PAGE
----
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January 20, 2005
Perry de Havilland says that old fashioned good grammar just might be making a comeback on the Internet

Earlier this evening I was socialising at Perry de Havilland's. It was essentially a meeting between these people and some of the starrier of these people, among them the people who actually first wrote the software that this blog uses to run itself. Had I truly understood who they all were exactly (one of them was definitely this lady and I sat next to this gentleman), I would probably have felt even more insignificant than I did.

I was only there at all in order to return a copy of a magazine in which an article about Adriana appeared, which I had been scanning in text and the photo from, and I had to leave early. But before I did, I picked up an interesting little observation from Perry de Havilland.

Perry spends quite a bit of time participating in on-line chat-rooms (please forgive my approximate spelling there) mostly on the subject of computer games, concerning which Perry is an enthusiast rather in the way that I enthuse about classical CDs. And Perry reckoned that he might (he's not sure but might) have spotted an interesting trend, with clear educational vibes attached to it.

During the last year or so, Perry says, he thinks he has spotted, in the many chat-rooms he frequents, a somewhat new attitude towards English grammar. Whereas in former times, chatterers would chat away using very bad spelling, worse punctuation and with no apparent idea of the meaning of the word 'paragraph', such chatterers are now starting to be criticised by more orthodox and easily understood contributors. Several times lately, for instance, a chatterer has erupted with a list of queries presented as a slab of miss-spelt gobbledegeek, and the very first responder has responded along lines like these: "I probably could answer your questions, but first I would have to understand what the hell you are talking about, which I presently do not. Try spelling words correctly. Try using capitals at the beginnings of sentences. Punctuate. Arrange separate questions in separate paragraphs. In general, make an effort to be understood and to make sense. Until you do, I have nothing more to say to you." Harsh! But: interesting!

Will this kind of pro-grammar heckling have consequences? If it gets louder in volume and vehemence, then it is surely bound to.

Perry and I were interrupted about half way through making the following point, so this next bit may only be my opinion and not Perry's. But as I recall it we were both converging on the notion that what is happening here is that human beings, so to speak, are entering chat-rooms hitherto mostly inhabited by extreme geeks, and these humans are bringing with them their old fashioned ideas about how well-written English is easier to understand than semi-literate techno-babble, or just plain babble.

Personally, I am startled by the illiteracy and bad spelling of some (but not most) blog comments, not all of which is at all explicable as merely caused by haste and/or poor (or no) checking. But that is a value judgement, and is not the central point I am making here, i.e. that Perry was making. The point here is that old fashioned grammatical correctness, quite aside from how much people like me prefer it, may actually, as a matter of fact, be making a come-back, and what is more doing so in an arena hitherto assumed to be a force only for grammatical anarchy.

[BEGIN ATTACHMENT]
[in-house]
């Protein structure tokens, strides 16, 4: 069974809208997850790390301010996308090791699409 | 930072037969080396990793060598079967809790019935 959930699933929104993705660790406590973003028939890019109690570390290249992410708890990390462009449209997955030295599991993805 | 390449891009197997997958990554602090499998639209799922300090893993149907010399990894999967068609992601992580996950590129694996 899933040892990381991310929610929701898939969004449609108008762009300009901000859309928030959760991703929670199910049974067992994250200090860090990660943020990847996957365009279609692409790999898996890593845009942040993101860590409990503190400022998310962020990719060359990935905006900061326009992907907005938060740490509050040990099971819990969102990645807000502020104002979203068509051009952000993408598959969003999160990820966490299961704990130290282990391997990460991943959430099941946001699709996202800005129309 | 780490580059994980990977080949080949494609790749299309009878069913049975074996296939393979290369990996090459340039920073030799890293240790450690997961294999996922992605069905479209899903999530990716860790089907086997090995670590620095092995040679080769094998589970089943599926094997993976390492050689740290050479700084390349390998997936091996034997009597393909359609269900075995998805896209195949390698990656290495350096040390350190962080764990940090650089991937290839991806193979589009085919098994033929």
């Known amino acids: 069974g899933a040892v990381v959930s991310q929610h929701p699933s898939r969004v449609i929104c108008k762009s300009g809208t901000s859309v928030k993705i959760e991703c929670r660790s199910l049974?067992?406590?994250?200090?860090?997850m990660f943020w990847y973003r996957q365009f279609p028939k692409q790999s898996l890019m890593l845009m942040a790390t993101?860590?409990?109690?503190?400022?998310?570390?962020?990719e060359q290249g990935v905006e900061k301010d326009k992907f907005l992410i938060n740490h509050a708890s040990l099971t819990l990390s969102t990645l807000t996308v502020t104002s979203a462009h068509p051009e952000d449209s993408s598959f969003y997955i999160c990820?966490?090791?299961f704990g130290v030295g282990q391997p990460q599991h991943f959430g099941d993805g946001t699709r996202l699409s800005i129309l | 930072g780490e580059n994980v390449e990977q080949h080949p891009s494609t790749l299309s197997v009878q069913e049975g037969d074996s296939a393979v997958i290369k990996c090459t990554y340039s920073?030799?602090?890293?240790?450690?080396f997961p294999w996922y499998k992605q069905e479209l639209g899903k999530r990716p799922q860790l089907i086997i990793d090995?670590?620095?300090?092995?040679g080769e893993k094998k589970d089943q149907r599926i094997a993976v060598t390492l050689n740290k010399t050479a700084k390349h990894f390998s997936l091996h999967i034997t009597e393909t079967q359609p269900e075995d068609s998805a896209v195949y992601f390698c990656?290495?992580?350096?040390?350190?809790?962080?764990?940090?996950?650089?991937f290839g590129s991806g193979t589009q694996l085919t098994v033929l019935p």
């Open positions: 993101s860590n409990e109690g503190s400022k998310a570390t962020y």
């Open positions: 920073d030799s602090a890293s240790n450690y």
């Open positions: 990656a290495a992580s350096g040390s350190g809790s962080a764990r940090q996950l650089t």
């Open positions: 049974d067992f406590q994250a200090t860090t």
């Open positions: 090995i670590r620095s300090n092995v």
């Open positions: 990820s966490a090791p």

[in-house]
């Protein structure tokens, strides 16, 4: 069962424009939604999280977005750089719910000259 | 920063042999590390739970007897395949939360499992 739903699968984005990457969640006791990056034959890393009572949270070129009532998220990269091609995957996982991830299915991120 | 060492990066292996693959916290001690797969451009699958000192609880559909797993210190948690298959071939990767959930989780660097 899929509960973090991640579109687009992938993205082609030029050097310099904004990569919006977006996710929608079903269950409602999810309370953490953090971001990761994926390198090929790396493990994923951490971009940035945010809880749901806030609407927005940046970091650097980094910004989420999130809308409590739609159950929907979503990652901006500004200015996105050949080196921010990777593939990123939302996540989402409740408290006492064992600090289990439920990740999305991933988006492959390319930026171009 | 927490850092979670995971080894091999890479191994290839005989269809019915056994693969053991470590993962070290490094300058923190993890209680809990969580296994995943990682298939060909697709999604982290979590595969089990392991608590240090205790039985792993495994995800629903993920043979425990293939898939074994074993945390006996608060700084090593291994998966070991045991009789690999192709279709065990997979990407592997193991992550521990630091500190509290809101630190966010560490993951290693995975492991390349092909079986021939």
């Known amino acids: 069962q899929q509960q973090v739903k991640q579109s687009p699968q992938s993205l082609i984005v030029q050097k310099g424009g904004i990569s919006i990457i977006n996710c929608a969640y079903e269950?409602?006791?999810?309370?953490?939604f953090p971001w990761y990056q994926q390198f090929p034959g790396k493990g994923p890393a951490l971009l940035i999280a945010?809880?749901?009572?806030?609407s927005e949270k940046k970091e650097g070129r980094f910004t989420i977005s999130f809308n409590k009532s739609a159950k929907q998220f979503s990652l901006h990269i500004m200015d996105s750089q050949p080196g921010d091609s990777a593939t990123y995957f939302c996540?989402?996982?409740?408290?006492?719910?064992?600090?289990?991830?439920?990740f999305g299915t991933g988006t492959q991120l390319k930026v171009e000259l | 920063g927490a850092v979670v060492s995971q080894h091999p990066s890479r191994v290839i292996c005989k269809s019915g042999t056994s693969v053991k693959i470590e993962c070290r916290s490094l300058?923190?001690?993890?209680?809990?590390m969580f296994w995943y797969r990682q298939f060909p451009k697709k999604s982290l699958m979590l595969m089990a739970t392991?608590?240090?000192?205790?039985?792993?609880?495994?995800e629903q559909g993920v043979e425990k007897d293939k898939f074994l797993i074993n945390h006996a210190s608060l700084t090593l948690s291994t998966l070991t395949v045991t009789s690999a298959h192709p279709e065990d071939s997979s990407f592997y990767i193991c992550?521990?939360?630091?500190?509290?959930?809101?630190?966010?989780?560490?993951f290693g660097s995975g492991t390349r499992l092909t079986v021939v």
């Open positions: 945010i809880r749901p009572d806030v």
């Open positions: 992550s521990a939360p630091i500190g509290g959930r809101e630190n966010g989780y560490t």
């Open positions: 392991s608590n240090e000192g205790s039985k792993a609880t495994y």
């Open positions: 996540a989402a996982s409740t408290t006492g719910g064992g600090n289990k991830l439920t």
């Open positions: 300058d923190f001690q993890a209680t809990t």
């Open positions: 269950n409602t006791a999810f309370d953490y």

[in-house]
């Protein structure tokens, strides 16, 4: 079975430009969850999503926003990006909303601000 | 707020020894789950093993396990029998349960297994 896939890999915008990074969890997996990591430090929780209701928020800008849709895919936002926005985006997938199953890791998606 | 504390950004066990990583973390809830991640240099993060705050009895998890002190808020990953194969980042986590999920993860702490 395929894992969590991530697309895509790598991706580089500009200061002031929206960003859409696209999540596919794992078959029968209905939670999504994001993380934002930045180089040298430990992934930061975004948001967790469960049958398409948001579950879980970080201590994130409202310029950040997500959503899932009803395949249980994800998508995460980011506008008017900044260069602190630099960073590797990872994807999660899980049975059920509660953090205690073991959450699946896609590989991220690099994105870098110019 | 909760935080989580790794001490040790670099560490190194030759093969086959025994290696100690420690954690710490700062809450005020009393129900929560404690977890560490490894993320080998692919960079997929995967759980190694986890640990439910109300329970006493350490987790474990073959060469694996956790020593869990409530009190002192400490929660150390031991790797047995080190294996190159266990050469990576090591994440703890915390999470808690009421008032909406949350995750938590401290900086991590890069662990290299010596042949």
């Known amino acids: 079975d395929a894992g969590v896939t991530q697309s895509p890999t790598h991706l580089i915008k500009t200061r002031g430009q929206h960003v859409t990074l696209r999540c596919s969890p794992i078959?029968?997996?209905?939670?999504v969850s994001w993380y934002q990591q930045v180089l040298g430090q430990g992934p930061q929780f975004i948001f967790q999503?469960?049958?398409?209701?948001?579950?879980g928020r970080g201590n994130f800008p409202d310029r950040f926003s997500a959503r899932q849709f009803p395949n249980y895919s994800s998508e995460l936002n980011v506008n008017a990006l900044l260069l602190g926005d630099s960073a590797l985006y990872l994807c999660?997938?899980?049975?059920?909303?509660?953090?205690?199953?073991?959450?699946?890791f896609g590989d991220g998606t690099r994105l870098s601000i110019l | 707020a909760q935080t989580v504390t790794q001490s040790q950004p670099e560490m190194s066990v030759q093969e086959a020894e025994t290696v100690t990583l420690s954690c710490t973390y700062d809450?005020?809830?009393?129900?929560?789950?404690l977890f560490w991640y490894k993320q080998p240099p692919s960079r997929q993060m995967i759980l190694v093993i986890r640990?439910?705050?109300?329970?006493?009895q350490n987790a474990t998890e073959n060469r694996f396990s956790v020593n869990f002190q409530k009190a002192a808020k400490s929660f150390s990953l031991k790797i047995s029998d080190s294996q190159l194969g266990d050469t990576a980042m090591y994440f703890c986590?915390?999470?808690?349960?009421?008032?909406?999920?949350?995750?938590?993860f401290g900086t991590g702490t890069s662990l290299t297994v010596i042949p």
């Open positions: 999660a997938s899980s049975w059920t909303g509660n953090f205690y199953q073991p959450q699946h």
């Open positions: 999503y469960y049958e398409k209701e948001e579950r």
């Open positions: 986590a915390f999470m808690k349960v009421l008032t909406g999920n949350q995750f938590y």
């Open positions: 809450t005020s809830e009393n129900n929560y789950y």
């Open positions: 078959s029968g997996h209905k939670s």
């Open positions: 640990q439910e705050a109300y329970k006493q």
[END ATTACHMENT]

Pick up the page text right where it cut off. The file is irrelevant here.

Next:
Personally I have had very little to do with chat-rooms, and a lot of that is because of my prejudice that they abound with often deliberately lousy grammar. Blogs, in general, certainly the ones I read regularly, tend to be far better written. They are written by humans, for humans.

Which is all part of why the people I met earlier this evening are all of them so splendid. I wish them all, both my friends in the Big Blog Company and the Six Apart/Movable Type possee, the very best of good fortune. They deserve it.

I checked this posting more carefully than usual for grammatical errors, for obvious reasons. Deep apologies for any grammatical errors that still remain.

Posted by Brian Micklethwait at 10:55 PM
Category: BloggingGrammarLiteracy
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Comments

When I was a younger person -- under 14, say -- I was usually the only child in any given chatroom, and it was awesome. No one knew who I was or how old I was, and everyone treated me like another reasonable adult. At some point, probably 1994 or so, it seemed like approximately 15 million idiot juveniles invaded the internet, and began laying waste to what was, up till then, generally a fairly genteel and civilized place. I gave up utterly on chatrooms at that time, nearly ignored message boards, joined primarily adult-centered mailing lists (centered around, say, linguistics, or college football), and so forth.

I'd be delighted to hear that those people have, collectively, begun to grow up and get a clue. There are whole regions of the internet which I've essentially ignored for more than ten years now, and I wouldn't mind them becoming hospitable to those who do not care to translate "l33t" speak and other garbage which masquarades as a form of communication.

Comment by: Sarah on January 21, 2005 03:35 AM

Hallelujah! I am so thrilled to hear the news. I, too, ceased attending chat rooms and I even turned off my instant messenger because I grew weary of receiving messages which contained no recognizable words whatsoever, grammar notwithstanding! It is a relief to see that people are beginning to value correct English.

Comment by: Jen on January 30, 2005 02:02 AM
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